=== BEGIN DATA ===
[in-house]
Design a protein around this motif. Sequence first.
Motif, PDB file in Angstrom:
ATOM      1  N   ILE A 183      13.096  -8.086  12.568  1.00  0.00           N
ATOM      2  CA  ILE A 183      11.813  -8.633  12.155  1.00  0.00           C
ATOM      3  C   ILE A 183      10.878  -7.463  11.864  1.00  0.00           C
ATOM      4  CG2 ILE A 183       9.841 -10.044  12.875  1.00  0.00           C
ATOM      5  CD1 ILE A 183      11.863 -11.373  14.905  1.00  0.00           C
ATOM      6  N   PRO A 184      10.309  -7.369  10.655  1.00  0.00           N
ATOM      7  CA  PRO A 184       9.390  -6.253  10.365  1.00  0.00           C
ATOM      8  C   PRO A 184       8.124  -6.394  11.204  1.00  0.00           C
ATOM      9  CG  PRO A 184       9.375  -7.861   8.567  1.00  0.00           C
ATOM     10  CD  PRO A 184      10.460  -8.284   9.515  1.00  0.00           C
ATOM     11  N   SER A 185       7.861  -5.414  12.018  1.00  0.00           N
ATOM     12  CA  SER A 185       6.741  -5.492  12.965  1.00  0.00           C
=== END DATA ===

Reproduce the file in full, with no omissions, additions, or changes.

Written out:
[in-house]
Design a protein around this motif. Sequence first.
Motif, PDB file in Angstrom:
ATOM      1  N   ILE A 183      13.096  -8.086  12.568  1.00  0.00           N
ATOM      2  CA  ILE A 183      11.813  -8.633  12.155  1.00  0.00           C
ATOM      3  C   ILE A 183      10.878  -7.463  11.864  1.00  0.00           C
ATOM      4  CG2 ILE A 183       9.841 -10.044  12.875  1.00  0.00           C
ATOM      5  CD1 ILE A 183      11.863 -11.373  14.905  1.00  0.00           C
ATOM      6  N   PRO A 184      10.309  -7.369  10.655  1.00  0.00           N
ATOM      7  CA  PRO A 184       9.390  -6.253  10.365  1.00  0.00           C
ATOM      8  C   PRO A 184       8.124  -6.394  11.204  1.00  0.00           C
ATOM      9  CG  PRO A 184       9.375  -7.861   8.567  1.00  0.00           C
ATOM     10  CD  PRO A 184      10.460  -8.284   9.515  1.00  0.00           C
ATOM     11  N   SER A 185       7.861  -5.414  12.018  1.00  0.00           N
ATOM     12  CA  SER A 185       6.741  -5.492  12.965  1.00  0.00           C